Glossary Of Terms
That Maybe Unfamiliar to North American Readers

Aussie nickname for Australians

bedsit
a one room rental with a shared bath and no formal kitchen

biffing beating, hitting

blokes men

boot trunk of a car

borstal
an institution housing juvenile delinquents

brolly umbrella

Bursary the former grading system used in New Zealand to qualify applicants for higher education and scholarship money; “A” was the highest Bursary possible

chooks hens

creche child care facility

flat apartment

forms levels in the New Zealand School system (no longer in use at most NZ schools); 1st form-7th form is comparable to 6th grade-12th grade in the United States

front up meet in person and apologize

golden shower urinating on another person as part of a sexual act

Guy Fawkes Day Annual celebration on November 5th of the failed 1605 plot by a group of English Roman Catholics to bomb the House of Parliament and assassinate King James I of England in the hopes of extinguishing protestant rule.

hiding spanking

jug cord a power cord for a kettle

Kiwi nickname for New Zealanders

Kookaburra large bird with a cackling call sounding like human laughter

lino
linoleum

lollies lollipops or hard candies

loo a toilet

macrocarpas a species of evergreen trees which grow particularly large in New Zealand, reaching heights of 40m with trunks up to 3m in diameter

manuka an evergreen scrub bush or small tree with prickly leaves and white or pink flowers

Maori
First New Zealand settlers; migrated from Polynesia AD 800-1300

Maori Land March of 1975 Since the mid-1800s, the Maori people have been plagued with land issues. They gradually had much of their land taken from them through miscommunications with the British, as well as through dishonest business transactions. The 1975 march was a protest organized against Maori land loss.

Maori whare a sacred house used by the Maori tribes for funerals, religious ceremonies, and community meetings

marae sacred grounds, buildings, meeting place of Maori people

mate friend

Mini a very small, British-made car

moggy cat

Morris a British-made car

mufti ordinary clothing, as opposed to a uniform of any kind

nappies diapers

paddock a field or land enclosed by a fence

Pakeha a New Zealander who did not descend from the Maori tribes, but whose ancestors were from Europe

pig dog a dog trained to hunt and kill wild pigs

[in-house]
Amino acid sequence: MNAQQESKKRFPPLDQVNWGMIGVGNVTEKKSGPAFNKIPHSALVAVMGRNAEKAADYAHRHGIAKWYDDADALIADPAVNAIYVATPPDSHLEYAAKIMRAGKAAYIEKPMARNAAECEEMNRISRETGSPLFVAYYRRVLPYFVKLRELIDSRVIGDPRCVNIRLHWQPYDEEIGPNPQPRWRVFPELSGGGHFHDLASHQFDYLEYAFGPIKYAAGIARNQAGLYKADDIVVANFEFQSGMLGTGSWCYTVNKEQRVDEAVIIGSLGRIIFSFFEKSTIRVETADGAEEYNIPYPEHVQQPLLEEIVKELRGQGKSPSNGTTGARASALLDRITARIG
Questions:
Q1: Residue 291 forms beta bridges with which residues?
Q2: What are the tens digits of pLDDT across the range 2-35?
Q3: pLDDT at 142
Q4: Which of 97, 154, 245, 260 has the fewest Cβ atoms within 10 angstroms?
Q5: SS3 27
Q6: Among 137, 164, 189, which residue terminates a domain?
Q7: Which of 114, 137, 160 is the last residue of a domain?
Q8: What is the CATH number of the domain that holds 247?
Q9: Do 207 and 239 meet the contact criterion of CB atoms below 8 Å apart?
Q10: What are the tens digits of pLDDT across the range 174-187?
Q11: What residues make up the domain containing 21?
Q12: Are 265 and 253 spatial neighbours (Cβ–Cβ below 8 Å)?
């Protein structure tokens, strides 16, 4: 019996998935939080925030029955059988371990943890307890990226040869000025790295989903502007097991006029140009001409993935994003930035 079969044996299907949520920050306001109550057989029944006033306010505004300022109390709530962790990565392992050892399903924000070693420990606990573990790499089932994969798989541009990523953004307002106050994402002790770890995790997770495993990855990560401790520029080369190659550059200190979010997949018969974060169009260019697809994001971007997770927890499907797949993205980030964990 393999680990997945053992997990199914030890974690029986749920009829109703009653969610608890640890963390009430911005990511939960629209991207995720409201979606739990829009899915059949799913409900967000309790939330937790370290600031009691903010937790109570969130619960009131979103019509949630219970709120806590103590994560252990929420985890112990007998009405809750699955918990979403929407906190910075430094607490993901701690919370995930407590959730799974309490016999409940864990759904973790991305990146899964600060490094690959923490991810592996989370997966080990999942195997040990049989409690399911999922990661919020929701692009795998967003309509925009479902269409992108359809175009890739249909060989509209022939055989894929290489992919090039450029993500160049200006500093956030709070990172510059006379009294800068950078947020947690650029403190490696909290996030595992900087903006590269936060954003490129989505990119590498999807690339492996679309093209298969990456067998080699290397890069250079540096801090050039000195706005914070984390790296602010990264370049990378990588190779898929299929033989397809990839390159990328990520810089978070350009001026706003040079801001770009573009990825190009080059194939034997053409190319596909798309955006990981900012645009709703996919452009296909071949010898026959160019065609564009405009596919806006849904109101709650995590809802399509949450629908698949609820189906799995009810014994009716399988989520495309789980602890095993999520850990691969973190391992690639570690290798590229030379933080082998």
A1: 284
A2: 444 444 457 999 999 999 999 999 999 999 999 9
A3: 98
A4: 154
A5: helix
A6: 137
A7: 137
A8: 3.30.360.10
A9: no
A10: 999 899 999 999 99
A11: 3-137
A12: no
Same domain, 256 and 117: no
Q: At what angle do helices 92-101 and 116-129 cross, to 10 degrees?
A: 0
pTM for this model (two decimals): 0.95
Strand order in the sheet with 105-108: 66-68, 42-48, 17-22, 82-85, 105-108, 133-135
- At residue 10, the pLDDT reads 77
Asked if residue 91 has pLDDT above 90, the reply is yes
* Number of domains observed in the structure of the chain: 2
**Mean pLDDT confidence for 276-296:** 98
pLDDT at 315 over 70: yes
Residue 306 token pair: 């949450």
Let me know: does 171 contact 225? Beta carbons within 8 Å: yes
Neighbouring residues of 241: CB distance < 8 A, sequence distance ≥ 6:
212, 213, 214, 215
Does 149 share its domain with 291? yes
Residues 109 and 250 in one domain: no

pohutukawa also known as the New Zealand Christmas Tree, this large tropical evergreen tree is dressed in beautiful red flowers from November to January

poi games, dances, and exercises created by the Maori people; uses a ball attached to a rope that could be made from a variety of materials

poofters slang term for homosexual men

posted mailed

pressies presents

punters customers

radiogram plays records and also the radio

rand South African monetary unit

sammies sandwiches

sellotape cellophane tape

shifting in moving in

sleepout a structure built for sleeping

snuff it to die

swotted slang for the act of studying to the exclusion of all other social activity

tapa cloth delicate cloth made from tree bark; often painted and hung as an art form

teemed on heavy rain “pissing down rain”

tiki Polynesian figurine

timbrel a tambourine-like musical instrument

timbrellist person who plays a timbrel

Toetoe native New Zealand grasses that grow in clumps as large as 3m tall

togs clothing

torch flashlight

tukutuku panels ancient Maori art constructed from a variety of plant and wood materials lashed together in intricate patterns to form decorative latticework wall panels

Wahine storm On April 10, 1968, cyclone Giselle combined with another strong storm system creating the most powerful cyclone recorded in the history of New Zealand at that time. The storm caused major damage in Wellington with recorded wind speeds reaching 275 km/h. The Wahine ferry was caught in this violent storm close to the Wellington Harbor. The ferry eventually capsized, 53 out of 733 passengers and crew members losing their lives in the Wahine disaster.

waka large canoes capable of ocean travel used by ancient Maori tribes

wattle tree a thorny bush or tree indigenous to New Zealand; produces bright yellow flowers

Weetbix a brand name of a cereal bar made from wheat

weta a common New Zealand insect similar in looks to a cricket

whinged whined